Where Pros Come From

On numbers alone California has produced the most current pros in each of the three major sports. But on a per capita basis, states in the South have a heavier concentration of NBA and NFL talent, and baseball has an unlikely outpost
December 27, 2004


The state that contributes the most NFL players per capita isn't California, Florida or Texas. It's Louisiana, which has 85 players in the league, including Colts quarterback Peyton Manning (left), from a population of 2.2 million males. In New England, on the other hand, you see the effect of a relatively subdued football culture. Maine, Rhode Island and Vermont are states that do not have a single Division I-A program, and they have not produced a current NFL player. Why is New Mexico, where Bears middle linebacker Brian Urlacher starred in high school and college, shown as having no NFL players from the state? Because players were counted as natives of the states in which they were born, and Urlacher spent his first eight years in Washington, the Evergreen State gets credit for him.


California's 220 major leaguers is more than triple the total that came out of runner-up Texas (67). Yet in the players-per-capita rankings California is second to Alaska, which has five players in the big leagues--including Red Sox hero Curt Schilling (above) and Rockies closer Shawn Chacon--from a male population of just 324,000 (compared with the Golden State's 16.9 million). With 17 players in the big leagues and a male population of 1.4 million, Mississippi is third, while Delaware, the sixth-least-populated state, is fourth with four players. Montana and Vermont are the only states with no major leaguers.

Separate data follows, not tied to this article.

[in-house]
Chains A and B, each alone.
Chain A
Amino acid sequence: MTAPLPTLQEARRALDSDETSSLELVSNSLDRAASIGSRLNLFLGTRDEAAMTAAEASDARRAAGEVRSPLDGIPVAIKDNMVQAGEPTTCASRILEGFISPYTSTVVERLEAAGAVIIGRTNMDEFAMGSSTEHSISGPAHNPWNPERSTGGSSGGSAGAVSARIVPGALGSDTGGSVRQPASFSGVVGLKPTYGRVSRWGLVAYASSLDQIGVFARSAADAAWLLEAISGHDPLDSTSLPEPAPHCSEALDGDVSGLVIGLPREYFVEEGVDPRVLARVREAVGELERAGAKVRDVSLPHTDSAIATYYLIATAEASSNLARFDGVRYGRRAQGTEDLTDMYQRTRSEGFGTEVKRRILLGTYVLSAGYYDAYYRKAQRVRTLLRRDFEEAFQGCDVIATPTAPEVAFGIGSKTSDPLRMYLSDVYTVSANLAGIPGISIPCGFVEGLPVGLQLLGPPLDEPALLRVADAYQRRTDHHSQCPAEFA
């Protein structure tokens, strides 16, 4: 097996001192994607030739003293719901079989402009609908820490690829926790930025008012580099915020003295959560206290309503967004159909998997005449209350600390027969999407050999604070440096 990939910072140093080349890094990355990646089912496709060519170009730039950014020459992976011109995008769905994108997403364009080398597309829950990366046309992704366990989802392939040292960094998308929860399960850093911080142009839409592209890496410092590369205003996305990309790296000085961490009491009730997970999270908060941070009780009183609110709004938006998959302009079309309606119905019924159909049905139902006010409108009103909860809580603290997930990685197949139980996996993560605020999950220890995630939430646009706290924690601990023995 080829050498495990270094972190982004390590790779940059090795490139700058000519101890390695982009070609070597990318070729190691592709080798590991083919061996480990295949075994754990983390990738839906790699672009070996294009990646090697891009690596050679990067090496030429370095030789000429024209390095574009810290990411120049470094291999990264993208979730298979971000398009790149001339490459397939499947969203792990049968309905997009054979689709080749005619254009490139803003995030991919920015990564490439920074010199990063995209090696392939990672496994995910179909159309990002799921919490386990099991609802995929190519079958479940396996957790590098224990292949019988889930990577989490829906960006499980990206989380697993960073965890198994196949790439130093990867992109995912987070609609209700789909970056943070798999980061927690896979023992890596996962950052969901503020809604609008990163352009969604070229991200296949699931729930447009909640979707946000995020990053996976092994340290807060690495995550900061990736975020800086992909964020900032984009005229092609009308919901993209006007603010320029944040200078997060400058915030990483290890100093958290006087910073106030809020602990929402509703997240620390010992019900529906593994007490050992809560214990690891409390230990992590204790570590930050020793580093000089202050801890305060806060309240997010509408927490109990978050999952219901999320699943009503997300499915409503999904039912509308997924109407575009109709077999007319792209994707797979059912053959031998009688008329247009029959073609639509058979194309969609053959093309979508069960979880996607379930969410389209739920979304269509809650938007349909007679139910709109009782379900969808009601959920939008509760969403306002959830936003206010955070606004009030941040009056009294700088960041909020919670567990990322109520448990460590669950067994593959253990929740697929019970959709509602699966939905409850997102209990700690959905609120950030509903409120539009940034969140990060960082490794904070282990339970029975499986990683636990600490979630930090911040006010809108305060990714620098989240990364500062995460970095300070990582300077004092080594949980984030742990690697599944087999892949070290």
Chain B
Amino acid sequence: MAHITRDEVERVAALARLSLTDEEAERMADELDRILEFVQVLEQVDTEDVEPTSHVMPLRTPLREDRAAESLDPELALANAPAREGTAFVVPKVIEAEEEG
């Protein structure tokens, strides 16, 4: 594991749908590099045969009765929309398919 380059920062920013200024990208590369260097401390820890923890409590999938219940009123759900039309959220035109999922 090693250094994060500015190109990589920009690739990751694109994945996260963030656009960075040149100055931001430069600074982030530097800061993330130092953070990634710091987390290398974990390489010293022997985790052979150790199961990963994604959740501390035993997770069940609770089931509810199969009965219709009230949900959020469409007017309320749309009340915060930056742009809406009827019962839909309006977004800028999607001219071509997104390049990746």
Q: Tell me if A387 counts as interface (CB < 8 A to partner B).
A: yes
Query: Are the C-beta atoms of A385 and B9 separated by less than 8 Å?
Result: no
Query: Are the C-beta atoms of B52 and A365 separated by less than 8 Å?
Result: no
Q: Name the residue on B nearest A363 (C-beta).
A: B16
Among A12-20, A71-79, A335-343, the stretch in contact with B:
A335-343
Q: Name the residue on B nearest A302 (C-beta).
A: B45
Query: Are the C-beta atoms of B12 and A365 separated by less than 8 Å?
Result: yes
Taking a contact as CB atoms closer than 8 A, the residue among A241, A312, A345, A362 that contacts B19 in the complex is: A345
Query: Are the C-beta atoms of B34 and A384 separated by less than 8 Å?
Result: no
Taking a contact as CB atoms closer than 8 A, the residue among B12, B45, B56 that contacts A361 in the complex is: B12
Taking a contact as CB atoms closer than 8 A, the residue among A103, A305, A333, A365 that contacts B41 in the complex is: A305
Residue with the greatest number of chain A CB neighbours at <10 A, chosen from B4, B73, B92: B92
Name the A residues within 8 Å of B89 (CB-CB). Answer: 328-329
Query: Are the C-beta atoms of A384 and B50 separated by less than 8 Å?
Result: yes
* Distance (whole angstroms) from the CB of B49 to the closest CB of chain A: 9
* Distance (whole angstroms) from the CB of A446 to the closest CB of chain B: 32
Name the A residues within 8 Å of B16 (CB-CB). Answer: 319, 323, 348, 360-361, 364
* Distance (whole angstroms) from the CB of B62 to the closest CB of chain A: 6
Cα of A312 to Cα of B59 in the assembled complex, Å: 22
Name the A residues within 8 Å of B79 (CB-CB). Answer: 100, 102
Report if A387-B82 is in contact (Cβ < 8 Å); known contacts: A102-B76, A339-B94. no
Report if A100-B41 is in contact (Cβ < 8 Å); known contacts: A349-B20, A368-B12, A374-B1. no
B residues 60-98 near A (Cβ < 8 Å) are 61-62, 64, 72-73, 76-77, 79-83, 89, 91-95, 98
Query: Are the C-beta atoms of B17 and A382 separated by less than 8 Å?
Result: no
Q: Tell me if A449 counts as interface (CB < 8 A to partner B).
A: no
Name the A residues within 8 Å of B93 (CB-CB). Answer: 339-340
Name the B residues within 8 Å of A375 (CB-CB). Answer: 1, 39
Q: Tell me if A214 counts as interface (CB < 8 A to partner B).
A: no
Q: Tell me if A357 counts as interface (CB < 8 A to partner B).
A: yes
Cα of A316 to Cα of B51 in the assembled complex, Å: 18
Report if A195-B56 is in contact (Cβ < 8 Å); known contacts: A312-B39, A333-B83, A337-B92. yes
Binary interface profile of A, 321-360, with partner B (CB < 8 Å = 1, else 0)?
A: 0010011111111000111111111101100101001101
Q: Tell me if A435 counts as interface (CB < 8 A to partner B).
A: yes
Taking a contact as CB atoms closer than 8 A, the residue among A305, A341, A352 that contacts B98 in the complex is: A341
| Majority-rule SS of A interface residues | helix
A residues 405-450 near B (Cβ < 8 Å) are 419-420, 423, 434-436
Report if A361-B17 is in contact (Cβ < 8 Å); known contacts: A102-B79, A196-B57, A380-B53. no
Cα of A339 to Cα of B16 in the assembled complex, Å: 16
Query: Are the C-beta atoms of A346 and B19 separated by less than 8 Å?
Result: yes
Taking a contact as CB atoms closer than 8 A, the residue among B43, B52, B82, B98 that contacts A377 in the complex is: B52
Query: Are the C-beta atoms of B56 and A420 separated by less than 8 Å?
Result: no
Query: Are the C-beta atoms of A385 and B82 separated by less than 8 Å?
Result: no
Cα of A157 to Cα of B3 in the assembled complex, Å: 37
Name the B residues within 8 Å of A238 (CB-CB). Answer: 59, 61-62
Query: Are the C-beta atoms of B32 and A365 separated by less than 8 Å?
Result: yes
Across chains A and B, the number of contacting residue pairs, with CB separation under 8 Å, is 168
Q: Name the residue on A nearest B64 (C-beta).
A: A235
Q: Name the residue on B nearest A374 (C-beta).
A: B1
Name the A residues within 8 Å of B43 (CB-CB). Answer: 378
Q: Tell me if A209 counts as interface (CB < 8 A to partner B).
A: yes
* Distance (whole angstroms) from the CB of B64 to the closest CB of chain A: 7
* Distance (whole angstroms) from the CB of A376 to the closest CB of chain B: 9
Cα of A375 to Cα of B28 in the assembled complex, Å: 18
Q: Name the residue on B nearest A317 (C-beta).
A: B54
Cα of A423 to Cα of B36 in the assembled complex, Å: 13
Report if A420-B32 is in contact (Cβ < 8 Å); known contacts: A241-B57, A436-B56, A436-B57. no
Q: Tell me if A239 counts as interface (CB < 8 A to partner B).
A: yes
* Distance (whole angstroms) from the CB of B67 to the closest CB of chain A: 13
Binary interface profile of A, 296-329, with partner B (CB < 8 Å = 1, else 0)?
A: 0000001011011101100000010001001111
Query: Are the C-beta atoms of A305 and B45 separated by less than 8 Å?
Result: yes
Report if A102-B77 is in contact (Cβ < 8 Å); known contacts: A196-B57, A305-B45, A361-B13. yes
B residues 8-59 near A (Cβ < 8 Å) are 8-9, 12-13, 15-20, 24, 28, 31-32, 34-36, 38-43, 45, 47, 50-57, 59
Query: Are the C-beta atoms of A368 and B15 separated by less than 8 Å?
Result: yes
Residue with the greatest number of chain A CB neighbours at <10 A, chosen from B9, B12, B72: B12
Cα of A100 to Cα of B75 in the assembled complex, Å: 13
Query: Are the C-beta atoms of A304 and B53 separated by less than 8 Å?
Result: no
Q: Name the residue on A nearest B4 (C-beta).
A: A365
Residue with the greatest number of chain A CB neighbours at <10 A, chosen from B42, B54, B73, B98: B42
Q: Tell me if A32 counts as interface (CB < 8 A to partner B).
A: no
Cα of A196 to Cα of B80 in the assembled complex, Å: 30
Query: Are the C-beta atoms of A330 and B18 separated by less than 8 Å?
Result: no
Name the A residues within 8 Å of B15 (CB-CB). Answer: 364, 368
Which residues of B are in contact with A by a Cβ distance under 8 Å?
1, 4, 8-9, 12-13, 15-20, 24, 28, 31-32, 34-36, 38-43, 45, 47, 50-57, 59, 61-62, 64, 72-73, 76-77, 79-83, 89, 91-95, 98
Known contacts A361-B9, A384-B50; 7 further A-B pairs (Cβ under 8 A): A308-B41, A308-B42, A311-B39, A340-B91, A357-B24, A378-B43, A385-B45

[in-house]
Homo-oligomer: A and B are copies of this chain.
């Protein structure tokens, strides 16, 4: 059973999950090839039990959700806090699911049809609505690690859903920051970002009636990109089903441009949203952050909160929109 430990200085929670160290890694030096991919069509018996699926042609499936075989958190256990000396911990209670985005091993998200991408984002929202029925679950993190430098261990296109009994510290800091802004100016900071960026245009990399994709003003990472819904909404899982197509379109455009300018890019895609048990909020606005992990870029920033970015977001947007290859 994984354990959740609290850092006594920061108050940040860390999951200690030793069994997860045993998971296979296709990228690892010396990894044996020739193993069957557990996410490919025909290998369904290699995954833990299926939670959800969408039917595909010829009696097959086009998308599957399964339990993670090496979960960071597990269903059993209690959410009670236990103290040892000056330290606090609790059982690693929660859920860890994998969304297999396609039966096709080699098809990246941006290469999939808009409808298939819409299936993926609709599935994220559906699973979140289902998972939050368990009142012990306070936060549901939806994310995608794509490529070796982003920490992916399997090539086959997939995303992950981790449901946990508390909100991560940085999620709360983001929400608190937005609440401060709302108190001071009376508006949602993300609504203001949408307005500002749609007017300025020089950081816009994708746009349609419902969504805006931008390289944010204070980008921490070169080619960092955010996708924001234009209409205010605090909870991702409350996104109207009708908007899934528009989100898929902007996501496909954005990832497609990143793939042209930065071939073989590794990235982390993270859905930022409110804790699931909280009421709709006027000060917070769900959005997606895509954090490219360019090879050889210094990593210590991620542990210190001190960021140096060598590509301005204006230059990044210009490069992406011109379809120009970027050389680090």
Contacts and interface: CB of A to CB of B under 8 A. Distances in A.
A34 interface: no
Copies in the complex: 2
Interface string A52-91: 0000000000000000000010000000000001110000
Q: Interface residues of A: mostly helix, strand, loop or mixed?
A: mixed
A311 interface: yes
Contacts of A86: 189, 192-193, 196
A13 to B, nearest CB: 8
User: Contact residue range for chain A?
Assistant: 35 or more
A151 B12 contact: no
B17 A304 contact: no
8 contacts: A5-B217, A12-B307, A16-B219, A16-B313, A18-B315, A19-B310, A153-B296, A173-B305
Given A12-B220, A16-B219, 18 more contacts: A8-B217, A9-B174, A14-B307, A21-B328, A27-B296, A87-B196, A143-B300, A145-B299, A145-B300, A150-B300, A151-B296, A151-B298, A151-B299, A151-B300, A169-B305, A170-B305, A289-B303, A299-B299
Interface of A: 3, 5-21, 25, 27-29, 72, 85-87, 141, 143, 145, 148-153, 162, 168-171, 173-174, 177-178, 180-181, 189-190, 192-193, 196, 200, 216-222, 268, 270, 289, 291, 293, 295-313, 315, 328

While California again leads all states in the total number of players in the league (46), it isn't in the top 10 when it comes to players per capita. The No. 1 state by that measure is Mississippi, which has 11 players in the NBA and a male population of 1.4 million. South Dakota has only two players--Grizzlies sharpshooting forward Mike Miller (above) and Bulls rookie center Jared Reiner--but it is second in the per capita ratings because it is the fifth smallest state. Three other areas of concentrated hoops talent are in the Midwest: Michigan (21 players, 4.9 million males), Illinois (24, 6.1 million) and Ohio (20, 5.5 million).

• For a complete list of the current pros per capita rankings in each sport by state, go to SI.com.


THREE COLOR MAPSInternational Mapping COLOR CHART   KEY The states are sized in proportion to the number of players per capita, and the colors relate to the total number of players. Even though California is the birthplace to the most NFL players on the map below, Louisiana is the largest state because it has the most per capita. COLOR PHOTOANDY LYONS/GETTY IMAGES (MANNING) COLOR PHOTOCHUCK SOLOMON (SCHILLING) COLOR PHOTOJESSE D. GARRABRAND/NBAE/GETTY (MILLER)

Eagle (-2)
Birdie (-1)
Bogey (+1)
Double Bogey (+2)